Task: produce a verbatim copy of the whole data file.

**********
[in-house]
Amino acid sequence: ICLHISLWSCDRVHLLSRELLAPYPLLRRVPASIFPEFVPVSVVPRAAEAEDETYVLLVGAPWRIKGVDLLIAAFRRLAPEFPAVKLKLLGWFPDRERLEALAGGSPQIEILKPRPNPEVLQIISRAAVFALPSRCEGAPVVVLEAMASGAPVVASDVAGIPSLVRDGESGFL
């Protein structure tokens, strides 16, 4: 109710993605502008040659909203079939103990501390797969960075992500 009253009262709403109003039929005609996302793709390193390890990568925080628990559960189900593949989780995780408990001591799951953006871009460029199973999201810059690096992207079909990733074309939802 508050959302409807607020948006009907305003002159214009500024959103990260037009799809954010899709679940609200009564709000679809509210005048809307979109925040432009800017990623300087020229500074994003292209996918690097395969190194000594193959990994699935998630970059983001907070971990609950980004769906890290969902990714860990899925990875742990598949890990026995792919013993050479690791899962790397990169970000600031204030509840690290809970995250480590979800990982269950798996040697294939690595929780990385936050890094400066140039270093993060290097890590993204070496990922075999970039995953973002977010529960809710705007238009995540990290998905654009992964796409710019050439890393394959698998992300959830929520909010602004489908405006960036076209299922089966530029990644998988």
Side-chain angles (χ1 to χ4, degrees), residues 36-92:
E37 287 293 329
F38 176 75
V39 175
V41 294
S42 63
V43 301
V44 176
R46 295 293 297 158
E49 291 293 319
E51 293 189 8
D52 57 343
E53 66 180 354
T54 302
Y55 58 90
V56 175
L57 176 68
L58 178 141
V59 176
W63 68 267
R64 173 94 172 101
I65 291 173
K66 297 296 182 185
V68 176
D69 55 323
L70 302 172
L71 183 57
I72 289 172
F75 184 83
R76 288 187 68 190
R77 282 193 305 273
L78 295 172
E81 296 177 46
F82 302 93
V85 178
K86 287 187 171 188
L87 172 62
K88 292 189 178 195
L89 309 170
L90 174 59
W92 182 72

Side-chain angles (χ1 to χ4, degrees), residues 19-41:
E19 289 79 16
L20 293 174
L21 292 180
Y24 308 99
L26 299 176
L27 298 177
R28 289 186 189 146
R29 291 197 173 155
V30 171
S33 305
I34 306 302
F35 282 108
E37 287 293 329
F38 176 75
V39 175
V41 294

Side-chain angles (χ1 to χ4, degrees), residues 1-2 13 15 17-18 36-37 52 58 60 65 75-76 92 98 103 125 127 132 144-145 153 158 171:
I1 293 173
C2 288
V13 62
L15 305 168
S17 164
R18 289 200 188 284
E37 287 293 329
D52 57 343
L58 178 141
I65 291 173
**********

[in-house]
Amino acid sequence: ICLHISLWSCDRVHLLSRELLAPYPLLRRVPASIFPEFVPVSVVPRAAEAEDETYVLLVGAPWRIKGVDLLIAAFRRLAPEFPAVKLKLLGWFPDRERLEALAGGSPQIEILKPRPNPEVLQIISRAAVFALPSRCEGAPVVVLEAMASGAPVVASDVAGIPSLVRDGESGFL
């Protein structure tokens, strides 16, 4: 109710993605502008040659909203079939103990501390797969960075992500 009253009262709403109003039929005609996302793709390193390890990568925080628990559960189900593949989780995780408990001591799951953006871009460029199973999201810059690096992207079909990733074309939802 508050959302409807607020948006009907305003002159214009500024959103990260037009799809954010899709679940609200009564709000679809509210005048809307979109925040432009800017990623300087020229500074994003292209996918690097395969190194000594193959990994699935998630970059983001907070971990609950980004769906890290969902990714860990899925990875742990598949890990026995792919013993050479690791899962790397990169970000600031204030509840690290809970995250480590979800990982269950798996040697294939690595929780990385936050890094400066140039270093993060290097890590993204070496990922075999970039995953973002977010529960809710705007238009995540990290998905654009992964796409710019050439890393394959698998992300959830929520909010602004489908405006960036076209299922089966530029990644998988």
Side-chain angles (χ1 to χ4, degrees), residues 36-92:
E37 287 293 329
F38 176 75
V39 175
V41 294
S42 63
V43 301
V44 176
R46 295 293 297 158
E49 291 293 319
E51 293 189 8
D52 57 343
E53 66 180 354
T54 302
Y55 58 90
V56 175
L57 176 68
L58 178 141
V59 176
W63 68 267
R64 173 94 172 101
I65 291 173
K66 297 296 182 185
V68 176
D69 55 323
L70 302 172
L71 183 57
I72 289 172
F75 184 83
R76 288 187 68 190
R77 282 193 305 273
L78 295 172
E81 296 177 46
F82 302 93
V85 178
K86 287 187 171 188
L87 172 62
K88 292 189 178 195
L89 309 170
L90 174 59
W92 182 72

Side-chain angles (χ1 to χ4, degrees), residues 19-41:
E19 289 79 16
L20 293 174
L21 292 180
Y24 308 99
L26 299 176
L27 298 177
R28 289 186 189 146
R29 291 197 173 155
V30 171
S33 305
I34 306 302
F35 282 108
E37 287 293 329
F38 176 75
V39 175
V41 294

Side-chain angles (χ1 to χ4, degrees), residues 1-2 13 15 17-18 36-37 52 58 60 65 75-76 92 98 103 125 127 132 144-145 153 158 171:
I1 293 173
C2 288
V13 62
L15 305 168
S17 164
R18 289 200 188 284
E37 287 293 329
D52 57 343
L58 178 141
I65 291 173